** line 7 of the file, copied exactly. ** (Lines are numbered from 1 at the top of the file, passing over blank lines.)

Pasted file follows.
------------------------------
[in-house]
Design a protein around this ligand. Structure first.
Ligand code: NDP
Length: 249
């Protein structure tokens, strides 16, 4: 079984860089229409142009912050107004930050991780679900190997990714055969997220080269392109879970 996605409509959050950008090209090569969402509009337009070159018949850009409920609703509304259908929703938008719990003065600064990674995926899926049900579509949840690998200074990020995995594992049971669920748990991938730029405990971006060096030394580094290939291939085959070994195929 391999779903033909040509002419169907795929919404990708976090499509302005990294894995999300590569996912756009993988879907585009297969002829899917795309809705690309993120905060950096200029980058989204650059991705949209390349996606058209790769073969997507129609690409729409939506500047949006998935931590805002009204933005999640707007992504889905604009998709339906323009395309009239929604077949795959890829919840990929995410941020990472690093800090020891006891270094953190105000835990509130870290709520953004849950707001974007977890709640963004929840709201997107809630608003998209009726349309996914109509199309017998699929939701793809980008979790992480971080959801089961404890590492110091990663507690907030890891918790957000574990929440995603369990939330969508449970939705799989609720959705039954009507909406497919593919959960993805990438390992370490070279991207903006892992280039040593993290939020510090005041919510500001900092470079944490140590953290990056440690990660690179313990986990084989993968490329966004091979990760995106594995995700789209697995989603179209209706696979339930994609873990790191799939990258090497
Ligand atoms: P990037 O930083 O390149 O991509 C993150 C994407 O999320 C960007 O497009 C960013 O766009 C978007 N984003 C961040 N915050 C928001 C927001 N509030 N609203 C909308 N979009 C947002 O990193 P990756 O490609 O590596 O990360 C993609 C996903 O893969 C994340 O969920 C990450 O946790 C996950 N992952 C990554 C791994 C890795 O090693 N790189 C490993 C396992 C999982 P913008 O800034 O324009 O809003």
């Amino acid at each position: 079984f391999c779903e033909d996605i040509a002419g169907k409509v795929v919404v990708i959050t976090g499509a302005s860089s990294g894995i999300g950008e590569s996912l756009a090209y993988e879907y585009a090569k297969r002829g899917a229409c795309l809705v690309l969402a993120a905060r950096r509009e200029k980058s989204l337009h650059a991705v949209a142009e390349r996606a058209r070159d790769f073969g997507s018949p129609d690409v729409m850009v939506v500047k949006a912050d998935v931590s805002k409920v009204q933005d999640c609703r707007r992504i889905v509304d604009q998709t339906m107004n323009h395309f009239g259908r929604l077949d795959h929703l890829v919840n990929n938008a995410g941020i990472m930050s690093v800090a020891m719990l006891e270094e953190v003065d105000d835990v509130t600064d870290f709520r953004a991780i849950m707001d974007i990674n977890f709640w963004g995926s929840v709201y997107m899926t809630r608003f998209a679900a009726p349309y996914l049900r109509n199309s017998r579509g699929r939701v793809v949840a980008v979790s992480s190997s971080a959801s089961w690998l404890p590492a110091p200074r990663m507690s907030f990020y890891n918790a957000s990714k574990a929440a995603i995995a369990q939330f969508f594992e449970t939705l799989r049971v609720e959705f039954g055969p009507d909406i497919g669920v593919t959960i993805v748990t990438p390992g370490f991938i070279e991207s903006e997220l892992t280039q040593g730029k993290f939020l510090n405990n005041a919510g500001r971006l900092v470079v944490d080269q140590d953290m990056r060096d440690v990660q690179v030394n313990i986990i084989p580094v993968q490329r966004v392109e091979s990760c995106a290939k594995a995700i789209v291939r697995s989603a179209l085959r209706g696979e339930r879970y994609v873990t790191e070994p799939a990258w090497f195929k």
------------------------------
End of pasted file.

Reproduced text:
């Amino acid at each position: 079984f391999c779903e033909d996605i040509a002419g169907k409509v795929v919404v990708i959050t976090g499509a302005s860089s990294g894995i999300g950008e590569s996912l756009a090209y993988e879907y585009a090569k297969r002829g899917a229409c795309l809705v690309l969402a993120a905060r950096r509009e200029k980058s989204l337009h650059a991705v949209a142009e390349r996606a058209r070159d790769f073969g997507s018949p129609d690409v729409m850009v939506v500047k949006a912050d998935v931590s805002k409920v009204q933005d999640c609703r707007r992504i889905v509304d604009q998709t339906m107004n323009h395309f009239g259908r929604l077949d795959h929703l890829v919840n990929n938008a995410g941020i990472m930050s690093v800090a020891m719990l006891e270094e953190v003065d105000d835990v509130t600064d870290f709520r953004a991780i849950m707001d974007i990674n977890f709640w963004g995926s929840v709201y997107m899926t809630r608003f998209a679900a009726p349309y996914l049900r109509n199309s017998r579509g699929r939701v793809v949840a980008v979790s992480s190997s971080a959801s089961w690998l404890p590492a110091p200074r990663m507690s907030f990020y890891n918790a957000s990714k574990a929440a995603i995995a369990q939330f969508f594992e449970t939705l799989r049971v609720e959705f039954g055969p009507d909406i497919g669920v593919t959960i993805v748990t990438p390992g370490f991938i070279e991207s903006e997220l892992t280039q040593g730029k993290f939020l510090n405990n005041a919510g500001r971006l900092v470079v944490d080269q140590d953290m990056r060096d440690v990660q690179v030394n313990i986990i084989p580094v993968q490329r966004v392109e091979s990760c995106a290939k594995a995700i789209v291939r697995s989603a179209l085959r209706g696979e339930r879970y994609v873990t790191e070994p799939a990258w090497f195929k």